Date registered: Aug 2002
Vehicle: 2021 SL770
Location: Fountain Hills, AZ
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The framers also devoted scant attention to the vice president's duties, providing only that he "shall be President of the Senate, but shall have no Vote, unless they be evenly divided" (Article I, section 3).
In practice, the number of times vice presidents have exercised this right has varied greatly. John Adams holds the record at 29 votes, followed closely by John C. Calhoun with 28. Since the 1870s, however, no vice president has cast as many as 10 tie-breaking votes. While vice presidents have used their votes chiefly on legislative issues, they have also broken ties on the election of Senate officers, as well as on the appointment of committees in 1881 when the parties were evenly represented in the Senate.
The vice president's other constitutionally mandated duty was to receive from the states the tally of electoral ballots cast for president and vice president and to open the certificates "in the Presence of the Senate and House of Representatives," so that the total votes could be counted (Article II, section 1). Only a few happy vice presidents â€” John Adams, Thomas Jefferson, Martin Van Buren, and George Bush â€” had the pleasure of announcing their own election as president. Many more were chagrined to announce the choice of some rival for the office.
Several framers ultimately refused to sign the Constitution, in part because they viewed the vice president's legislative role as a violation of the separation of powers doctrine. Elbridge Gerry, who would later serve as vice president, declared that the framers "might as well put the President himself as head of the legislature." Others thought the office unnecessary but agreed with Connecticut delegate Roger Sherman that "if the vice-President were not to be President of the Senate, he would be without employment, and some member [of the Senate, acting as presiding officer] must be deprived of his vote."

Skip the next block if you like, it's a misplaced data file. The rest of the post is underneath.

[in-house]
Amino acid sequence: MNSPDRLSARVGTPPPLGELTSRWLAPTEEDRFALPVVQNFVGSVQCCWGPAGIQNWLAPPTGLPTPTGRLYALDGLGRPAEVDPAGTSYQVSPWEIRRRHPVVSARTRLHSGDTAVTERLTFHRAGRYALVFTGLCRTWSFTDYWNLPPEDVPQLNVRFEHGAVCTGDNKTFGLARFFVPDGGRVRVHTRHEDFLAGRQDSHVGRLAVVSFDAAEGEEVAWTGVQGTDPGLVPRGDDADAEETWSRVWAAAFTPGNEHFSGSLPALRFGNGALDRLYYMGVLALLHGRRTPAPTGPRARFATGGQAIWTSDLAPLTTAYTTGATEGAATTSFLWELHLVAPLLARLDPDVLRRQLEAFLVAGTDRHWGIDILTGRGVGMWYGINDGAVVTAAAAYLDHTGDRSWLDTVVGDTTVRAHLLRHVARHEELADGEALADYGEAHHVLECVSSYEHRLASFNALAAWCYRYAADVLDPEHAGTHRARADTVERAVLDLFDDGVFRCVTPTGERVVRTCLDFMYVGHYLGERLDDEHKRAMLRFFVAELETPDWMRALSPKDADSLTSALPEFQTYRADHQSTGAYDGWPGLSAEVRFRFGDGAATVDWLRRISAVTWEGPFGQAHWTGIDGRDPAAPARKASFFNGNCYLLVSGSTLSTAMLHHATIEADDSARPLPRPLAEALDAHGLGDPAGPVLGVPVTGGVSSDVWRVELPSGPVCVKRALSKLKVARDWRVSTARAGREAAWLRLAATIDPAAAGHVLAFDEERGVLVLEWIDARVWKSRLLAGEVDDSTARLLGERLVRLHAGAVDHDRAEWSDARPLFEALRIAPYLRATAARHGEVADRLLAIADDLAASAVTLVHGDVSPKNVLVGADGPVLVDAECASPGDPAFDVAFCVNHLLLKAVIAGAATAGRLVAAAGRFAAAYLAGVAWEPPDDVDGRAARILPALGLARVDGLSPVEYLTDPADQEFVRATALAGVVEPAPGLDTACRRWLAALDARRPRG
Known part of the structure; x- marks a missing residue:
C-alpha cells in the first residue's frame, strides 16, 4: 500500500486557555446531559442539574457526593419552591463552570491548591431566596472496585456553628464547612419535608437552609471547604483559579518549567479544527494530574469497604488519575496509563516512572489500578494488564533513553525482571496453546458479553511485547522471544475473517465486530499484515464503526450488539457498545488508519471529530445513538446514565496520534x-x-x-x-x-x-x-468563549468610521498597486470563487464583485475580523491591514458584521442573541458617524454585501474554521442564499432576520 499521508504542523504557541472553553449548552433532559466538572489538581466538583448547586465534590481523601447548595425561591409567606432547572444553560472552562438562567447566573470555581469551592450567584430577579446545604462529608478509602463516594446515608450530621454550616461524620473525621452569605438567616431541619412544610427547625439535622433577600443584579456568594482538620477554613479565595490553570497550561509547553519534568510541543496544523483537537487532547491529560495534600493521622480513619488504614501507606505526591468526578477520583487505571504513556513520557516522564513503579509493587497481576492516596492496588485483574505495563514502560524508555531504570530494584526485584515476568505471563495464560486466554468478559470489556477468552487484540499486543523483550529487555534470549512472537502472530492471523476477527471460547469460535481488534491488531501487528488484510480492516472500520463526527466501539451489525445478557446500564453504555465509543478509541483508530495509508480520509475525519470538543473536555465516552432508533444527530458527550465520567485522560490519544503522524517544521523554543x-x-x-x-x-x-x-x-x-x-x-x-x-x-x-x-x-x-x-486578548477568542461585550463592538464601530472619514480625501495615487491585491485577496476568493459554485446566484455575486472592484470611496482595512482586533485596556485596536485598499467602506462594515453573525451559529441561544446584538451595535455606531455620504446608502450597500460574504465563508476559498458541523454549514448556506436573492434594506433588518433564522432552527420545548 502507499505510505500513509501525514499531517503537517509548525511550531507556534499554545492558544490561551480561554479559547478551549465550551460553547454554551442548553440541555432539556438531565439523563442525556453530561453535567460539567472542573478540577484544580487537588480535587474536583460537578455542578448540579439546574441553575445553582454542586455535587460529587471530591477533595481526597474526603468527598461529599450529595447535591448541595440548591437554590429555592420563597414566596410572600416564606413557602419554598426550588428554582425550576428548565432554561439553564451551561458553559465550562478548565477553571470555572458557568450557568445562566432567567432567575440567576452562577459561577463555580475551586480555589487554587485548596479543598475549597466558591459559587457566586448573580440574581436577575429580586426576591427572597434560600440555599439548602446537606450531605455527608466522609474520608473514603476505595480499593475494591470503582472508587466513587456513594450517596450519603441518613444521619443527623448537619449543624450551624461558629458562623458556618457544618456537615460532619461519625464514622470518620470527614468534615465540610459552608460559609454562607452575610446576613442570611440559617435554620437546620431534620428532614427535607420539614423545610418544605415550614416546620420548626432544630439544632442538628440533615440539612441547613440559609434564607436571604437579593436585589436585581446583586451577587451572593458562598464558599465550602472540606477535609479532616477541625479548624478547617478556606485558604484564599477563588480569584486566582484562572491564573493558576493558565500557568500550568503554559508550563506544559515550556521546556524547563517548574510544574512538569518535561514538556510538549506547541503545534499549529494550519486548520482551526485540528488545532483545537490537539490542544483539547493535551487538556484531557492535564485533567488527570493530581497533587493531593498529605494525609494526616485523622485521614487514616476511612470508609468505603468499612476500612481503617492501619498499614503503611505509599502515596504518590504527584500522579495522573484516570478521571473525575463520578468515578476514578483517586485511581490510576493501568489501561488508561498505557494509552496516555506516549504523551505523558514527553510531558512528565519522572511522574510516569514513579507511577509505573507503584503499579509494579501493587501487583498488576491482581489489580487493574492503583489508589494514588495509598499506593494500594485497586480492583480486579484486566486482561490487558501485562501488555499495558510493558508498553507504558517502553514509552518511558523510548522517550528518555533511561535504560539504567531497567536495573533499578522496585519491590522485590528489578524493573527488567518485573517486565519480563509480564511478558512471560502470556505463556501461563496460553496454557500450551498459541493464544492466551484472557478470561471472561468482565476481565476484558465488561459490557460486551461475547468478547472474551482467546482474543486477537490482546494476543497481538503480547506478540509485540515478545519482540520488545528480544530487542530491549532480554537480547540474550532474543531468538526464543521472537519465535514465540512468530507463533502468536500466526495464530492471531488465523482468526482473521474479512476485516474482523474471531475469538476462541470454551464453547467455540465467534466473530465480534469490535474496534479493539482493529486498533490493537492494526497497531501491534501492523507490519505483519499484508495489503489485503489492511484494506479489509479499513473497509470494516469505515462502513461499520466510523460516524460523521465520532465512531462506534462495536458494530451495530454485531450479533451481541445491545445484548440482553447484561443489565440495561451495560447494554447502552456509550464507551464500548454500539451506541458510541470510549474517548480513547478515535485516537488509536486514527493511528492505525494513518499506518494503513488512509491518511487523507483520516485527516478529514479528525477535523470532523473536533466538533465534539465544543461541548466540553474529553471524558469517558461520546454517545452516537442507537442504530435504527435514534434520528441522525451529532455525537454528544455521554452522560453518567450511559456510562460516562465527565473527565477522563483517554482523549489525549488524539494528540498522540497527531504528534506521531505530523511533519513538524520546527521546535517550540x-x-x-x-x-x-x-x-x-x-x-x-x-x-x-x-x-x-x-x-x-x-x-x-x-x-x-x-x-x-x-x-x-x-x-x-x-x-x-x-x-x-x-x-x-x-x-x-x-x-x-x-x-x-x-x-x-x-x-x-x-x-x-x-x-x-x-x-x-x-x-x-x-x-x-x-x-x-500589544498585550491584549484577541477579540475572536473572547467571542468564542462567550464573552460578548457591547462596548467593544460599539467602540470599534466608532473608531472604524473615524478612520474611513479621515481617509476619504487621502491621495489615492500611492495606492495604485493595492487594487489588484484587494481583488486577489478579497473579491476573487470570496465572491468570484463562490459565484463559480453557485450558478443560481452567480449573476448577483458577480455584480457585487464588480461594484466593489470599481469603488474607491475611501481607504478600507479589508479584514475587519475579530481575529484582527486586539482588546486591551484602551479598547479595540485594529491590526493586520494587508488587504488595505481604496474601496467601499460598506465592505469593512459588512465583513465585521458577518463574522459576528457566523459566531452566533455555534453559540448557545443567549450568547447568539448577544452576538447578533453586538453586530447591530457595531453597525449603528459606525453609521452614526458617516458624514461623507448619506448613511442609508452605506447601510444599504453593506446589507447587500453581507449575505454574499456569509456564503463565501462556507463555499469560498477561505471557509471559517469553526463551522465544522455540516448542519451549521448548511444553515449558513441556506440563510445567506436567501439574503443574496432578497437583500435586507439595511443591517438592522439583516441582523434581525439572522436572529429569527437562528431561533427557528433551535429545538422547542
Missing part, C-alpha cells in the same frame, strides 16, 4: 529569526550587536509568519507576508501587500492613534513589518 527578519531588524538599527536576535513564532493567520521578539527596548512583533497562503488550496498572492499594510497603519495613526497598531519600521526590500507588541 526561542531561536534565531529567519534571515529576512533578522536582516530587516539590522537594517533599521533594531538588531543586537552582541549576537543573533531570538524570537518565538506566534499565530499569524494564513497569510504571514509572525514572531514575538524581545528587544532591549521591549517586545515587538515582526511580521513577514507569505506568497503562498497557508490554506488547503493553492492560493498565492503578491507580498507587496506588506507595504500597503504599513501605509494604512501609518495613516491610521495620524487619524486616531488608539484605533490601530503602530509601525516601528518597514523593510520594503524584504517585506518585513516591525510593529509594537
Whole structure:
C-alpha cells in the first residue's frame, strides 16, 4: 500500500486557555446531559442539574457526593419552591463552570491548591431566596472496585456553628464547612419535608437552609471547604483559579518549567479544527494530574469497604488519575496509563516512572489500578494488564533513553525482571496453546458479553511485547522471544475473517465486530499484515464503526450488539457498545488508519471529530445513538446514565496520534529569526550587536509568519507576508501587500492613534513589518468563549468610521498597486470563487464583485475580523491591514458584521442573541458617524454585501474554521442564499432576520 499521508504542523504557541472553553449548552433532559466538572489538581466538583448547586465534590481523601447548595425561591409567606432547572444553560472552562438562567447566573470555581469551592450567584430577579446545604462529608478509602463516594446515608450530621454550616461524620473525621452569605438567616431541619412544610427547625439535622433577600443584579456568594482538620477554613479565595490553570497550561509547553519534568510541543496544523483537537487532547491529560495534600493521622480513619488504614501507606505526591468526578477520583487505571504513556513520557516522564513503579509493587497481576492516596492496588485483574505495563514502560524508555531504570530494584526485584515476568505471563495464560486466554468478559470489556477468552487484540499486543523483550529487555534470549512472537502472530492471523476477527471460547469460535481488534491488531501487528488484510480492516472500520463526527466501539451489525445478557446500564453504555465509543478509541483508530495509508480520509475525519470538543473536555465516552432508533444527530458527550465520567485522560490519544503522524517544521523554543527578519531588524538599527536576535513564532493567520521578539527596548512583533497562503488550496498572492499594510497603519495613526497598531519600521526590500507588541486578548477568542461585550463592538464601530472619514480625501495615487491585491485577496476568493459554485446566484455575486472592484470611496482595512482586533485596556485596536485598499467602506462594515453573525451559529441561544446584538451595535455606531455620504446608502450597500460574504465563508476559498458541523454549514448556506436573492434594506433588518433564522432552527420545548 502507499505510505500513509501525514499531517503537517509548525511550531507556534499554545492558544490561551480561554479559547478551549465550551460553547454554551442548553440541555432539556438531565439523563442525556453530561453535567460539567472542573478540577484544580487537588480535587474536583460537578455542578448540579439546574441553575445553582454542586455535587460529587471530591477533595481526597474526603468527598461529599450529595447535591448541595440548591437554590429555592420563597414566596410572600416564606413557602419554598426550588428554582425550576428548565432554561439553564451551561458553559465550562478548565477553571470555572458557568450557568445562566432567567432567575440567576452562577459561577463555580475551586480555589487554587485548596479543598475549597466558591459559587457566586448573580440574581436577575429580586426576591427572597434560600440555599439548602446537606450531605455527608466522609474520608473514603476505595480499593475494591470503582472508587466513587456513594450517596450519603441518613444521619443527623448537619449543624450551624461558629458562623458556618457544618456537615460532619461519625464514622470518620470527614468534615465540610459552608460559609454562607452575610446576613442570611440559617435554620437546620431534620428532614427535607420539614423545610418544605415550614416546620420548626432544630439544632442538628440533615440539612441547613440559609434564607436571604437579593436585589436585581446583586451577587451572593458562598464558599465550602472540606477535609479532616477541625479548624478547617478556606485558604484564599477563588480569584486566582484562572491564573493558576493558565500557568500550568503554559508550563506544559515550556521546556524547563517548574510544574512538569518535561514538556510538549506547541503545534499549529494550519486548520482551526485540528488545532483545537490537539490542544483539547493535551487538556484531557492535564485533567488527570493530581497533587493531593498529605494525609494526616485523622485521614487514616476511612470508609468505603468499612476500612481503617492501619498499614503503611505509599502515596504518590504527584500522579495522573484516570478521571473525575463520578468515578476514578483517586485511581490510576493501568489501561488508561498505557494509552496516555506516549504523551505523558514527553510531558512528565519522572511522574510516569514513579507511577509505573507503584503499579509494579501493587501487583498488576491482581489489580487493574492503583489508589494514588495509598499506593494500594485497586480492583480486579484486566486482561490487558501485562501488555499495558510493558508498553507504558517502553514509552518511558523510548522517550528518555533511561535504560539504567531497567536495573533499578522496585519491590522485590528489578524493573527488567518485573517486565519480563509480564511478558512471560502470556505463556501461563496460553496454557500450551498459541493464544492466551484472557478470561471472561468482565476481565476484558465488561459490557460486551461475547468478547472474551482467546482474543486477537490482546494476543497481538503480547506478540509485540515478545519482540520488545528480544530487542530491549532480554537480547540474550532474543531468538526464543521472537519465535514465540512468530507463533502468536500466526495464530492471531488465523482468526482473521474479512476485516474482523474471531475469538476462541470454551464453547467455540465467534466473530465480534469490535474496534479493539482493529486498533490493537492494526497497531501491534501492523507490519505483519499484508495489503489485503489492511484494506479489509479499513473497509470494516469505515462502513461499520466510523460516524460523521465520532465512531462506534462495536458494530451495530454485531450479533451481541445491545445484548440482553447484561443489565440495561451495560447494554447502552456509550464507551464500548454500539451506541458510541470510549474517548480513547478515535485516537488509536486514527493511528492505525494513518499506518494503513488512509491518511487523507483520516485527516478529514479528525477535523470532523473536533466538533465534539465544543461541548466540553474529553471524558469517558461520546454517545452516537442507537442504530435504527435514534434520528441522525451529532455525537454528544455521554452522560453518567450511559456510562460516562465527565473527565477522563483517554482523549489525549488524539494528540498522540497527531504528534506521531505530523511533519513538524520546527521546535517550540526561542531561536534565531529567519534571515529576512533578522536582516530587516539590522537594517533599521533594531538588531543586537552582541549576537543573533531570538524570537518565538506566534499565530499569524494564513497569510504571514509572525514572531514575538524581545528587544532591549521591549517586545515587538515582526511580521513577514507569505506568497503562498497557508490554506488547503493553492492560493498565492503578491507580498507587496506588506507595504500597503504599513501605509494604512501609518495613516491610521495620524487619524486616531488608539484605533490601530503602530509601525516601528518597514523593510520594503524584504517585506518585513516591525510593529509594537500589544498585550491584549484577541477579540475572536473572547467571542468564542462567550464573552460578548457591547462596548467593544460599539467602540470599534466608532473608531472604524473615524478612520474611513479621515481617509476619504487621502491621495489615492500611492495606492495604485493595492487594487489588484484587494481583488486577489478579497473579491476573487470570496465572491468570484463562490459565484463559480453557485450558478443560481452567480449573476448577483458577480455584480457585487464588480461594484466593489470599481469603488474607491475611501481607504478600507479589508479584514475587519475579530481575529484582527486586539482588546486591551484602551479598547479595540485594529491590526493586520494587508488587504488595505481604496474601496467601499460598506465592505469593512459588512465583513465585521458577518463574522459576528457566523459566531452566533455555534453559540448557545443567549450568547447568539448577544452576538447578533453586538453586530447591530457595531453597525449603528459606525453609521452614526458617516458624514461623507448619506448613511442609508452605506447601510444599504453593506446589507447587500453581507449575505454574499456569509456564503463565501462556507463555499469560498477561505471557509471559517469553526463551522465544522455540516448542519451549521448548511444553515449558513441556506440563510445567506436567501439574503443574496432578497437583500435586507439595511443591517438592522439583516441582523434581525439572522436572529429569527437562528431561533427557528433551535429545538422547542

Under the original code of Senate rules, the presiding officer exercised great power over the conduct of the body's proceedings. Rule XVI provided that "every question of order shall be decided by the President [of the Senate], without debate; but if there be a doubt in his mind, he may call for a sense of the Senate." Thus, contrary to later practice, the presiding officer was the sole judge of proper procedure and his rulings could not be turned aside by the full Senate without his assent.
The first two vice presidents, Adams and Jefferson, did much to shape the nature of the office, setting precedents that were followed by others. During most of the nineteenth century, the degree of influence and the role played within the Senate depended chiefly on the personality and inclinations of the individual involved. Some had great parliamentary skill and presided well, while others found the task boring, were incapable of maintaining order, or chose to spend most of their time away from Washington, leaving the duty to a president pro tempore. Some made an effort to preside fairly, while others used their position to promote the political agenda of the administration.
During the twentieth century, the role of the vice president has evolved into more of an executive branch position. Now, the vice president is usually seen as an integral part of a president's administration and presides over the Senate only on ceremonial occasions or when a tie-breaking vote may be needed. Yet, even though the nature of the job has changed, it is still greatly affected by the personality and skills of the individual incumbent.
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